Kate’s Review: “The Breakdown”

31450633Book: “The Breakdown” by B.A. Paris

Publishing Info: St Martin’s Press, July 2017

Where Did I Get This Book: The library!

Book Description: If you can’t trust yourself, who can you trust?

Cass is having a hard time since the night she saw the car in the woods, on the winding rural road, in the middle of a downpour, with the woman sitting inside―the woman who was killed. She’s been trying to put the crime out of her mind; what could she have done, really? It’s a dangerous road to be on in the middle of a storm. Her husband would be furious if he knew she’d broken her promise not to take that shortcut home. And she probably would only have been hurt herself if she’d stopped.

But since then, she’s been forgetting every little thing: where she left the car, if she took her pills, the alarm code, why she ordered a pram when she doesn’t have a baby.

The only thing she can’t forget is that woman, the woman she might have saved, and the terrible nagging guilt.

Or the silent calls she’s receiving, or the feeling that someone’s watching her…

Review: Whenever I travel I like to bring a big stack of books with me, because most of the time I am able to tear through most of, if not all of, them. My husband and I went to Las Vegas for his birthday weekend a few weeks ago, and it probably doesn’t surprise anyone that Vegas isn’t really my cup o’tea. BUT, a vacation is a vacation no matter how gaudy, so I usually spend my time in Vegas at the pool with a book and a mimosa as opposed to in the casinos. Such compromise works for both of us.


But while on this trip, even though I brought four books, I only was able to spend time with one, and that was “The Breakdown” by B.A. Paris. It wasn’t for lack of pool time or down time, I can assure you of that. The problem was that this book written by the person who wrote the runaway hit “Behind Closed Doors”, was a slog and a half to get through, and I kept putting the book down in favor of my phone or conversation. I was determined to finish it, however, so I slowly picked away at it…. until the last fourth, when everything changed.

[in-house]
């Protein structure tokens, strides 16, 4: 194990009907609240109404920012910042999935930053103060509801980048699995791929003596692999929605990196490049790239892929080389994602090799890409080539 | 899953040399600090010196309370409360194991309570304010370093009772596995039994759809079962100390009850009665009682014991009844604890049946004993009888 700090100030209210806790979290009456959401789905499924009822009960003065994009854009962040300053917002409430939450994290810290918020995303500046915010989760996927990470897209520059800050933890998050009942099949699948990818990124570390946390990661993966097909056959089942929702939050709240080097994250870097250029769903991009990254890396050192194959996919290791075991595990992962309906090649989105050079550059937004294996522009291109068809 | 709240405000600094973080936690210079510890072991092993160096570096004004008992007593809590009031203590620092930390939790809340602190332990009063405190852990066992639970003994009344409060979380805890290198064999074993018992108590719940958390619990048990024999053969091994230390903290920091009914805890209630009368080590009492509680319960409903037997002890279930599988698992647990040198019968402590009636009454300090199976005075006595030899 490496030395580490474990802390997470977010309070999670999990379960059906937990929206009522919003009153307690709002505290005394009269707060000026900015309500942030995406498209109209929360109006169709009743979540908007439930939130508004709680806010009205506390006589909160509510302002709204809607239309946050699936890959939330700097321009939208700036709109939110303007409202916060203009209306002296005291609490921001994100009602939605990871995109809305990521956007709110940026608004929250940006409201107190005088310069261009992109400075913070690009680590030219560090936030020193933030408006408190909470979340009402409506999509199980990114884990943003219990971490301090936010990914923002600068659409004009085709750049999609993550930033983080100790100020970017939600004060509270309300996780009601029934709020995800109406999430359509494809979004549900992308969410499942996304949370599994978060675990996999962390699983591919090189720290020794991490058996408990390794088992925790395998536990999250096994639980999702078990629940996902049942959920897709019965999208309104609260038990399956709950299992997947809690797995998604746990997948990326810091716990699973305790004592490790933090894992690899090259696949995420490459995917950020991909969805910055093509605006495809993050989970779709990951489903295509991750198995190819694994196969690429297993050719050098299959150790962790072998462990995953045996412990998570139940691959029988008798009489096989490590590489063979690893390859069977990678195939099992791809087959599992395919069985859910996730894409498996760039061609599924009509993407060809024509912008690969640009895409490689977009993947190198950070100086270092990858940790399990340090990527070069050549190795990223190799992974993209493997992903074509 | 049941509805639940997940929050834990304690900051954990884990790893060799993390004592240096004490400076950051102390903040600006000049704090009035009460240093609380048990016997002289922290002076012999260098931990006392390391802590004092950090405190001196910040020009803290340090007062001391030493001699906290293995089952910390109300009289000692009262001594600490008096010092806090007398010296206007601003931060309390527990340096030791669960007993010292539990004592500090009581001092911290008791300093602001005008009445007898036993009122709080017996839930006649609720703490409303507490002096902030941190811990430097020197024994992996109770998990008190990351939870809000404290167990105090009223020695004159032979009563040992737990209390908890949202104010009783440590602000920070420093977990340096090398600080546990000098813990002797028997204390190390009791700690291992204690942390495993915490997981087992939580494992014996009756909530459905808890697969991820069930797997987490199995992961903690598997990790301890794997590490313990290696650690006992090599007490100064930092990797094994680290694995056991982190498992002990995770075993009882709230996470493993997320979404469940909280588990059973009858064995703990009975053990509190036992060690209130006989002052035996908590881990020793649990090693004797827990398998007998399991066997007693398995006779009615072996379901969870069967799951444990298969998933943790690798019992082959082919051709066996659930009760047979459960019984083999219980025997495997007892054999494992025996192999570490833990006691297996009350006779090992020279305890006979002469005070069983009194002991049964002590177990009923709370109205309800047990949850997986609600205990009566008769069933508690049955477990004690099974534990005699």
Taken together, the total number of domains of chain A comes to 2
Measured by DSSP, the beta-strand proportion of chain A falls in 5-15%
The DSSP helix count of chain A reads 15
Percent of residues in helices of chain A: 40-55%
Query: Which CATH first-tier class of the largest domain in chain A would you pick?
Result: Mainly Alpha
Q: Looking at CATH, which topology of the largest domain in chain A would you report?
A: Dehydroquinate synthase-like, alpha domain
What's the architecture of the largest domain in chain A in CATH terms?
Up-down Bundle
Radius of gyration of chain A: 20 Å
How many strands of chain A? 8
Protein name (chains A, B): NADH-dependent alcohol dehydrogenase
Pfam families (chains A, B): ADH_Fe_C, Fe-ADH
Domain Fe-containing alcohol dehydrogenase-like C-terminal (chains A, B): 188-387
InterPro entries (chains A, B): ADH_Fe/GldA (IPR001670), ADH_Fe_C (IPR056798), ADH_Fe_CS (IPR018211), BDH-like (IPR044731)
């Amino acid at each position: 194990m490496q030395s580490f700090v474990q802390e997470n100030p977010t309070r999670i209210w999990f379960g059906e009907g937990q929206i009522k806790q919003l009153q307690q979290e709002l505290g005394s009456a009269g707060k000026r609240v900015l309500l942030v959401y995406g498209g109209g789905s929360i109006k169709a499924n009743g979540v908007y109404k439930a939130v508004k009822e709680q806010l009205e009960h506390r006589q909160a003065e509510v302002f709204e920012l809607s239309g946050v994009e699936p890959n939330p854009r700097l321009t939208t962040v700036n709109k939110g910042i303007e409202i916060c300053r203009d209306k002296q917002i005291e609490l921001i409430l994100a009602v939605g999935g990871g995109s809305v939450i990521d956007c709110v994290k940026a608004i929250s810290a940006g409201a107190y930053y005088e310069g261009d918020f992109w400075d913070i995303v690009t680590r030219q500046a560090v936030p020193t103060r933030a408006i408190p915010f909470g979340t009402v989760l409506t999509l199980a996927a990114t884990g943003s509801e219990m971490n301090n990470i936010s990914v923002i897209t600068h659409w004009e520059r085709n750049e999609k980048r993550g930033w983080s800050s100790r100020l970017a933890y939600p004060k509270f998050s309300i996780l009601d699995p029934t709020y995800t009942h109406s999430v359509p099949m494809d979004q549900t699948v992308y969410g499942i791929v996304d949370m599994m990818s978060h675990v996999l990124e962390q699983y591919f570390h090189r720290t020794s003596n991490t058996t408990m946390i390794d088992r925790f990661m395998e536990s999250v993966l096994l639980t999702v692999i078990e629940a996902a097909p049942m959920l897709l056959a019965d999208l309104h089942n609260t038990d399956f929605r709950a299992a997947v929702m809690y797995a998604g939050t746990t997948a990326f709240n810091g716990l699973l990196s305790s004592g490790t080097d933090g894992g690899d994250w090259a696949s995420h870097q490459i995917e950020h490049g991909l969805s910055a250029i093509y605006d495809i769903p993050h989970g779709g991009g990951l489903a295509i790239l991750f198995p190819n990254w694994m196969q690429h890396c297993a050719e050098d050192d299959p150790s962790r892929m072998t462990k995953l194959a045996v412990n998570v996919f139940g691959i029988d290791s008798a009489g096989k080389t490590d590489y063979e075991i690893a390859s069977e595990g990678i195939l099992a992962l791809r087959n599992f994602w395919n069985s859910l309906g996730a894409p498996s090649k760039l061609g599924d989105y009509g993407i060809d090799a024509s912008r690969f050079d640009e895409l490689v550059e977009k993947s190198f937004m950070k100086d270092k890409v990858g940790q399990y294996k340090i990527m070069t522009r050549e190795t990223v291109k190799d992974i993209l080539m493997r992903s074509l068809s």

I didn’t really know what to make of this book for those first three fourths. Cass is definitely an unreliable narrator, and from her first person perspective we are only given what she sees. It’s established pretty early on that her mother suffered from early onset dementia, and that Cass has anxieties about her own mental health. After seeing a stopped car on the side of the road on a rainy night in a dark forest while she’s driving home, she is too fearful to stop and investigate. So when she finds out that not only was the woman inside the car murdered that evening, but that she knew her, her anxieties start to really fester and pulsate. When mysterious calls start coming in, with silence on the line, Cass starts to think that maybe the murderer is out to get her. Cass is pretty much your run of the mill hysterical protagonist, and while you understand where she is coming from, I found her to be basically insufferable. Yes, the fear she is constantly oozing is understandable and realistic, but she made so many choices that didn’t make much sense to me. Instead of confiding in anyone that she did, in fact, pass the woman in the car that night, she hides that fact, thinking that people would judge her for not stopping. Even when she is fully convinced that she’s being stalked, she doesn’t tell anyone, and at that point it just didn’t seem worth it to keep it secret. SO WHY KEEP IT SECRET?! I was also pretty convinced that I was diving head first into an ‘unreliable narrator with a huge shocking twist’ kind of story, and just couldn’t bring myself to give much of a damn until I decided that I just needed to finish it.

And then…….. it totally switched gears and blew my mind.

B.A. Paris made me think that this book was one thing, then that it was another thing, so when she revealed that it was NEITHER of those things but a whole other thing, I was totally thrown off guard and blown away. And going back and reading different parts, it was all there, hidden in the pages and in the exposition in ways that I completely glazed over as I read. Once we got to that last fourth, Cass went from a character that I was totally frustrated by to a character that I was actively cheering for. Everything changed and I didn’t see it coming. Now, that said, it probably shouldn’t have taken until the last fourth of the book to finally get me interested, because there were a couple of points before where I was tempted to set it down. While I was completely relieved that I stuck it out, I almost didn’t, and that’s not great, and it might have been too little, too late had it not been so bananas it where it went.

Now, I don’t want to go into much detail beyond that, because this is one of those books that you could be spoiled by just about anything. Just know that “The Breakdown” was a strange read for me, but I can say that yes, it’s worth the read, even if you too are frustrated by it for most of the time spent with it.

Rating 7: Though I felt like I had to slog through a fair amount of it, the moment that it really picked up I couldn’t put it down.

Reader’s Advisory:

“The Breakdown” is new and isn’t included on many relevant Goodreads lists, but it can be found on “2017 Crime Books You’re Excited For”, and should be on “Psychological Chillers By Women Authors”.

Find “The Breakdown” at your library using WorldCat!

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